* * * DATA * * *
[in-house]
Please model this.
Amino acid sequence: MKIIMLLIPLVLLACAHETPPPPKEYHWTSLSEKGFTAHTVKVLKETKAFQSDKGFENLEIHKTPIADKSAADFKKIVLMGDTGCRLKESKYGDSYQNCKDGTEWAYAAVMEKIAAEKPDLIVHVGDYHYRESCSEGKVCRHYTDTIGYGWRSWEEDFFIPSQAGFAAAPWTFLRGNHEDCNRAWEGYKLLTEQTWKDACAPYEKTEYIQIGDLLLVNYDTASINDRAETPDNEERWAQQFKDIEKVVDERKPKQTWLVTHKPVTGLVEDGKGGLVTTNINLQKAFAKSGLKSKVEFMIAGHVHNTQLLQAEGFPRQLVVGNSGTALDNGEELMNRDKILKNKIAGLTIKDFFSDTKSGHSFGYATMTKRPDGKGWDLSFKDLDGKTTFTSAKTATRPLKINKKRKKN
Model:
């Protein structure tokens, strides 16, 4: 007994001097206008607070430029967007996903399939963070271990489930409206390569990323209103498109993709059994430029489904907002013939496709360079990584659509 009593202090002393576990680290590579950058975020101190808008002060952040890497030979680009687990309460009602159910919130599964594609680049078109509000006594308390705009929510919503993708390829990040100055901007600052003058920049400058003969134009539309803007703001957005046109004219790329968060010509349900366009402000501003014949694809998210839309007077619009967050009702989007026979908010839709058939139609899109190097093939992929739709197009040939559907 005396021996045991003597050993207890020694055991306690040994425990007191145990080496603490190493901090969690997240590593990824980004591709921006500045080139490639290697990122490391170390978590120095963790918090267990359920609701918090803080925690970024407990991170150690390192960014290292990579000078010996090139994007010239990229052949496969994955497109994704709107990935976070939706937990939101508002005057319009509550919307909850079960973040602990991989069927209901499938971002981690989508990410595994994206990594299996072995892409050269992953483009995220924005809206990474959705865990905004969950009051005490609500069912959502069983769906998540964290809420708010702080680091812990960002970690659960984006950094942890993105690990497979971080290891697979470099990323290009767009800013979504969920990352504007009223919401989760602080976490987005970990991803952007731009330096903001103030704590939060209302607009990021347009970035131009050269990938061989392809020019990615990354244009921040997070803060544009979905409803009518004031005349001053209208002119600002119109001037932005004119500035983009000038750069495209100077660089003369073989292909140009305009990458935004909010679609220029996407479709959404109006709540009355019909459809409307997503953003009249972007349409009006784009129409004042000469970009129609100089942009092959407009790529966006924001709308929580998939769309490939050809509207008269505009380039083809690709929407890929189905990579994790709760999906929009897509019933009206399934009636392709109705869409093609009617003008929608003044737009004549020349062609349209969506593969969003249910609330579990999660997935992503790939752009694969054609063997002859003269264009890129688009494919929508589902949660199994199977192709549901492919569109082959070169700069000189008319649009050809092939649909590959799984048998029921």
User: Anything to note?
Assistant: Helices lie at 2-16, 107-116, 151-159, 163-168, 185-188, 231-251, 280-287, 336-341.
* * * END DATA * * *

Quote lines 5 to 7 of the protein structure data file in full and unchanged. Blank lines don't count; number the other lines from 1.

């Protein structure tokens, strides 16, 4: 007994001097206008607070430029967007996903399939963070271990489930409206390569990323209103498109993709059994430029489904907002013939496709360079990584659509 009593202090002393576990680290590579950058975020101190808008002060952040890497030979680009687990309460009602159910919130599964594609680049078109509000006594308390705009929510919503993708390829990040100055901007600052003058920049400058003969134009539309803007703001957005046109004219790329968060010509349900366009402000501003014949694809998210839309007077619009967050009702989007026979908010839709058939139609899109190097093939992929739709197009040939559907 005396021996045991003597050993207890020694055991306690040994425990007191145990080496603490190493901090969690997240590593990824980004591709921006500045080139490639290697990122490391170390978590120095963790918090267990359920609701918090803080925690970024407990991170150690390192960014290292990579000078010996090139994007010239990229052949496969994955497109994704709107990935976070939706937990939101508002005057319009509550919307909850079960973040602990991989069927209901499938971002981690989508990410595994994206990594299996072995892409050269992953483009995220924005809206990474959705865990905004969950009051005490609500069912959502069983769906998540964290809420708010702080680091812990960002970690659960984006950094942890993105690990497979971080290891697979470099990323290009767009800013979504969920990352504007009223919401989760602080976490987005970990991803952007731009330096903001103030704590939060209302607009990021347009970035131009050269990938061989392809020019990615990354244009921040997070803060544009979905409803009518004031005349001053209208002119600002119109001037932005004119500035983009000038750069495209100077660089003369073989292909140009305009990458935004909010679609220029996407479709959404109006709540009355019909459809409307997503953003009249972007349409009006784009129409004042000469970009129609100089942009092959407009790529966006924001709308929580998939769309490939050809509207008269505009380039083809690709929407890929189905990579994790709760999906929009897509019933009206399934009636392709109705869409093609009617003008929608003044737009004549020349062609349209969506593969969003249910609330579990999660997935992503790939752009694969054609063997002859003269264009890129688009494919929508589902949660199994199977192709549901492919569109082959070169700069000189008319649009050809092939649909590959799984048998029921």
User: Anything to note?
Assistant: Helices lie at 2-16, 107-116, 151-159, 163-168, 185-188, 231-251, 280-287, 336-341.